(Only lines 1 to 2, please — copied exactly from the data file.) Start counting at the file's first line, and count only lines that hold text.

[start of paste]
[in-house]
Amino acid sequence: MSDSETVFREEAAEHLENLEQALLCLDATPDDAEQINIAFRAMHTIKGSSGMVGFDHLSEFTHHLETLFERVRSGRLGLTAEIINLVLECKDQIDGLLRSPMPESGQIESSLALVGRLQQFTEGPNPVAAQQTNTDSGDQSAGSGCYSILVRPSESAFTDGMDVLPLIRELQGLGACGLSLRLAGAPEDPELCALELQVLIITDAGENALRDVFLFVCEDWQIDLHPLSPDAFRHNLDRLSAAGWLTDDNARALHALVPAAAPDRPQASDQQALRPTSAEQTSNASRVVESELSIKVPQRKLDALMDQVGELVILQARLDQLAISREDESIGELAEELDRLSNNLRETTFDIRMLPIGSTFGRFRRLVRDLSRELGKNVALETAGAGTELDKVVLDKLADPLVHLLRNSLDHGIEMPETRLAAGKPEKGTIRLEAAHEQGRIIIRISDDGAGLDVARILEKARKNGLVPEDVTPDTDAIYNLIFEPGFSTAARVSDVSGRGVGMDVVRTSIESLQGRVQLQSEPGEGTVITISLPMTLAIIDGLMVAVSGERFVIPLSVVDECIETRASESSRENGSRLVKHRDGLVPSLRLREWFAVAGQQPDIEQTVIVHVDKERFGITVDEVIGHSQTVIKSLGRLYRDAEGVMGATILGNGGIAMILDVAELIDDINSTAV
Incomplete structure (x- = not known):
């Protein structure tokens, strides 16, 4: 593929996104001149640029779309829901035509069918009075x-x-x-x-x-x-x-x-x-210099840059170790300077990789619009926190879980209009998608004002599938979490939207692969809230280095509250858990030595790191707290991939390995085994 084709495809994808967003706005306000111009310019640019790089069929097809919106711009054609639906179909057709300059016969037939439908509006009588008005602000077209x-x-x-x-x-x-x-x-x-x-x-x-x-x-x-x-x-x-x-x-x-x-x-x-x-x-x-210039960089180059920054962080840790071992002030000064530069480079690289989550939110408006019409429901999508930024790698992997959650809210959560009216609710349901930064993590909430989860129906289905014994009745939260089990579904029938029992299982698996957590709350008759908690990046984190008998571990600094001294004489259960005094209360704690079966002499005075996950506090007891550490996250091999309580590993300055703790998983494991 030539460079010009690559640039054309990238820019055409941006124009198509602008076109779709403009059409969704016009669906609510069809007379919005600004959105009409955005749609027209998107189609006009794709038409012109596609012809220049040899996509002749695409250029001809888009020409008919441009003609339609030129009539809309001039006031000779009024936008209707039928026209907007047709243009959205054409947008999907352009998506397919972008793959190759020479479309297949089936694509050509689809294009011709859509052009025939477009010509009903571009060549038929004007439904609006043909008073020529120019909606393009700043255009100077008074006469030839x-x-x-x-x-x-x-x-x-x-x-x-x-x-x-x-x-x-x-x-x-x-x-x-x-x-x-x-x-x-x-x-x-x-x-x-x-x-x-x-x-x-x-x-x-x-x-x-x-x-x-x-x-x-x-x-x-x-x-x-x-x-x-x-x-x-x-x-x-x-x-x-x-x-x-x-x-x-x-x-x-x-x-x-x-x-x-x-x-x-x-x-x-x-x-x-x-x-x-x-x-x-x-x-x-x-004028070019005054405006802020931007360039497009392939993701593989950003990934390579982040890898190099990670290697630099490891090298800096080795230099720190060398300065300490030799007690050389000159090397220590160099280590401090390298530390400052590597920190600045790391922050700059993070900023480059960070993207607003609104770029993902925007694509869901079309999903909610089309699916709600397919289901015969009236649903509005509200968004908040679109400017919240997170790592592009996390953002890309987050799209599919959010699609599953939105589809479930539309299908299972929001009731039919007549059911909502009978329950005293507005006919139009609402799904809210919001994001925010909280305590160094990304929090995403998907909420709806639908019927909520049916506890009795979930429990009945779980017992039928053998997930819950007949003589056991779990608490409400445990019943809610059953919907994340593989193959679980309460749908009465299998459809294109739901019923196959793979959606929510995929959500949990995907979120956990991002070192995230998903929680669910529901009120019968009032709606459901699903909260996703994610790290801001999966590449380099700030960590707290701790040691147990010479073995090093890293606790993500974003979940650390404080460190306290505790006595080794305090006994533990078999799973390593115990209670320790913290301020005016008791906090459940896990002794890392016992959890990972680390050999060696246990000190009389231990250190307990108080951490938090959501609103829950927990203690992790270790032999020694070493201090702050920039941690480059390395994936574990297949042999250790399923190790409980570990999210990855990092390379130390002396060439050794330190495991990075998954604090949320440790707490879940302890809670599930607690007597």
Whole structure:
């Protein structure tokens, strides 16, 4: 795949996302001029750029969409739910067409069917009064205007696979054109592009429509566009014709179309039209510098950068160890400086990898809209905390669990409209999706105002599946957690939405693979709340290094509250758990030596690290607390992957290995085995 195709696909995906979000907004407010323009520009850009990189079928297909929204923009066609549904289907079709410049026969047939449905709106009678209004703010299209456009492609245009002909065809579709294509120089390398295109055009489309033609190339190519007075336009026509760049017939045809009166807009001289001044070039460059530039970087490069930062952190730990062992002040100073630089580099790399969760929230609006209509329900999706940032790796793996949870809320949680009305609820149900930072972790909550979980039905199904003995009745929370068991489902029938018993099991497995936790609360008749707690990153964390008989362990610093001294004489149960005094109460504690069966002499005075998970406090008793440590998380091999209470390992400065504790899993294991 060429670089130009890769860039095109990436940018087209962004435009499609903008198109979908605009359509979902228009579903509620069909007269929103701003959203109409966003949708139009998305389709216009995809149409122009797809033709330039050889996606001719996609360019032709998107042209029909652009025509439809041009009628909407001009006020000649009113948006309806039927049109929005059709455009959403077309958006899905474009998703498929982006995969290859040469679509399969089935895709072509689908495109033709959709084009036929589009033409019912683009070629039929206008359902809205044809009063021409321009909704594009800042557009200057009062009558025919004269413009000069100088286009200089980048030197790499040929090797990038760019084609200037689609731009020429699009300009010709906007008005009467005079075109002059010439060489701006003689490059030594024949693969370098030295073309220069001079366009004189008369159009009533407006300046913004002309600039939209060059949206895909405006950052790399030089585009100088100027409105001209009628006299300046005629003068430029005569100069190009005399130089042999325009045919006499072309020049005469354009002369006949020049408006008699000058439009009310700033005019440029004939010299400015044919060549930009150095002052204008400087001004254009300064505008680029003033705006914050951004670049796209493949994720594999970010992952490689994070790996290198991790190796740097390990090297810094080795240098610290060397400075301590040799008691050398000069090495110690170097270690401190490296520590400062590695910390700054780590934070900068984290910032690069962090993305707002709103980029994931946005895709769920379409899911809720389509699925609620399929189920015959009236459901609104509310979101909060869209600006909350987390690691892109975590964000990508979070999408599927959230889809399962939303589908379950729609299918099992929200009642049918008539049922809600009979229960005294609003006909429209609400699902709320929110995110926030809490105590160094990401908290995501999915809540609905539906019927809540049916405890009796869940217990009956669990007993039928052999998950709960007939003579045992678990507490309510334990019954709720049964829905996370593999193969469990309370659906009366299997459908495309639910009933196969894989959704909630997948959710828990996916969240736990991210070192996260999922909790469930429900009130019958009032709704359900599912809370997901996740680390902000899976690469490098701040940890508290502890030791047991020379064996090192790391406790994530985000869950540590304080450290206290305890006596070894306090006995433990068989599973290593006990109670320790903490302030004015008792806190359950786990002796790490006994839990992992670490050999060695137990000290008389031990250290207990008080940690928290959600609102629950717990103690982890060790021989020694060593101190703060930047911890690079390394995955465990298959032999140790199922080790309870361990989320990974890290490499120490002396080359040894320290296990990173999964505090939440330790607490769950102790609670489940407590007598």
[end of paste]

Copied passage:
[in-house]
Amino acid sequence: MSDSETVFREEAAEHLENLEQALLCLDATPDDAEQINIAFRAMHTIKGSSGMVGFDHLSEFTHHLETLFERVRSGRLGLTAEIINLVLECKDQIDGLLRSPMPESGQIESSLALVGRLQQFTEGPNPVAAQQTNTDSGDQSAGSGCYSILVRPSESAFTDGMDVLPLIRELQGLGACGLSLRLAGAPEDPELCALELQVLIITDAGENALRDVFLFVCEDWQIDLHPLSPDAFRHNLDRLSAAGWLTDDNARALHALVPAAAPDRPQASDQQALRPTSAEQTSNASRVVESELSIKVPQRKLDALMDQVGELVILQARLDQLAISREDESIGELAEELDRLSNNLRETTFDIRMLPIGSTFGRFRRLVRDLSRELGKNVALETAGAGTELDKVVLDKLADPLVHLLRNSLDHGIEMPETRLAAGKPEKGTIRLEAAHEQGRIIIRISDDGAGLDVARILEKARKNGLVPEDVTPDTDAIYNLIFEPGFSTAARVSDVSGRGVGMDVVRTSIESLQGRVQLQSEPGEGTVITISLPMTLAIIDGLMVAVSGERFVIPLSVVDECIETRASESSRENGSRLVKHRDGLVPSLRLREWFAVAGQQPDIEQTVIVHVDKERFGITVDEVIGHSQTVIKSLGRLYRDAEGVMGATILGNGGIAMILDVAELIDDINSTAV